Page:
A record number of people signed up for health insurance under the Affordable Care Act for the coming year, Barack Obama’s administration announced Wednesday, with the most people selecting coverage in states that Donald Trump won in November.
Some 6.4 million people signed up by the mid-December deadline — 400,000 more enrollees than the same period last year, according to the Department of Health and Human Services.
In a twist, the states with the most people selecting coverage all went for Trump in the presidential election: Florida, with just under 1.3 million selections; Texas, with about 776,000; North Carolina, with 369,077; Georgia, with 352,000; and Pennsylvania, with 290,950.
Those tallies do not include states that created their own digital health insurance exchanges, like New York and California, instead of using the federal government’s HealthCare.gov website.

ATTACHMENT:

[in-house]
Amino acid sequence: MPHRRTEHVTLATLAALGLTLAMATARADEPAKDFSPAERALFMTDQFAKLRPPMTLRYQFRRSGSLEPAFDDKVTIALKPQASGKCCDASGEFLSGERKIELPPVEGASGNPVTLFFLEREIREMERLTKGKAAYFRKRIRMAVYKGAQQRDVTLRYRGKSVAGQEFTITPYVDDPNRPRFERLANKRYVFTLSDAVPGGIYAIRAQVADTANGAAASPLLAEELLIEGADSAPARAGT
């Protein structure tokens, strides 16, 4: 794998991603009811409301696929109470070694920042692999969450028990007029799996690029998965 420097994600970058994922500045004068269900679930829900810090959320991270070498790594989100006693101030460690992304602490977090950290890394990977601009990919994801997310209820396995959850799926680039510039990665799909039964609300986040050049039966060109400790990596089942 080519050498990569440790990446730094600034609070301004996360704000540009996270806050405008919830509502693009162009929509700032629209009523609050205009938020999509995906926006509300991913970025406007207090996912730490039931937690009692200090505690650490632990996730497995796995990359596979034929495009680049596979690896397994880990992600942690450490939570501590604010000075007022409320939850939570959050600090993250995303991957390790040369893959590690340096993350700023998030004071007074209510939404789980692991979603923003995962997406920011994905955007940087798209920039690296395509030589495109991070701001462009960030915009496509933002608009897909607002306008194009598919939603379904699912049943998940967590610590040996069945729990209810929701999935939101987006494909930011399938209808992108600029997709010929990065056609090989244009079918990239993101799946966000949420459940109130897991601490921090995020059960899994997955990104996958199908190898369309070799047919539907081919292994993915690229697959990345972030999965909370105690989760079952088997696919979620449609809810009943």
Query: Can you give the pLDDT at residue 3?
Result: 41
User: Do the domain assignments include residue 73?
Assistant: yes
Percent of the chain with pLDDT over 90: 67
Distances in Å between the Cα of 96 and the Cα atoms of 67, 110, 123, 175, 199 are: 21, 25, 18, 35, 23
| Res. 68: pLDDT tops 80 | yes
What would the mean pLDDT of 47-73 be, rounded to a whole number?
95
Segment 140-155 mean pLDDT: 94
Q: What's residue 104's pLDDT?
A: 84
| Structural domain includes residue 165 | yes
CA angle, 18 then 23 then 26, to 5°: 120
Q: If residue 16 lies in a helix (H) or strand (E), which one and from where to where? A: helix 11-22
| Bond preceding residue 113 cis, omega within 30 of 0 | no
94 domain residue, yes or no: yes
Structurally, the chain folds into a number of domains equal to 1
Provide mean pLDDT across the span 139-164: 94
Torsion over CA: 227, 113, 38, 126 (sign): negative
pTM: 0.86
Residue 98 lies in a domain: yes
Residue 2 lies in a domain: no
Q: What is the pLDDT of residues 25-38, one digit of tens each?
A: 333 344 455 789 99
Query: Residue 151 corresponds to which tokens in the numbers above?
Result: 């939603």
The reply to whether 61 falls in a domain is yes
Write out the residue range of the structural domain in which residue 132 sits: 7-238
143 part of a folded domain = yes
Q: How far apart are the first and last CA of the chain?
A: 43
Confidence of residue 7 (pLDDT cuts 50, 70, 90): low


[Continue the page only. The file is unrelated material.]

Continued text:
The enrollment numbers include new subscribers (2.05 million) and returning consumers who had to renew their coverage and were not automatically enrolled. The tallies do not yet include automatic enrollments, which will be added to the total later.
HHS Secretary Sylvia Matthews Burwell did not directly attribute the spike to the election of Trump, who has promised to repeal and replace “Obamacare,” but noted that more than 30,000 people have called HHS operators “worrying about the future of coverage in the wake of the election.”
Speaking to reporters on a conference call, Burwell said officials have been assuring consumers that “Obamacare” remains the law of the land through the 2017 calendar year and that people will be guaranteed coverage at least until then under the existing law.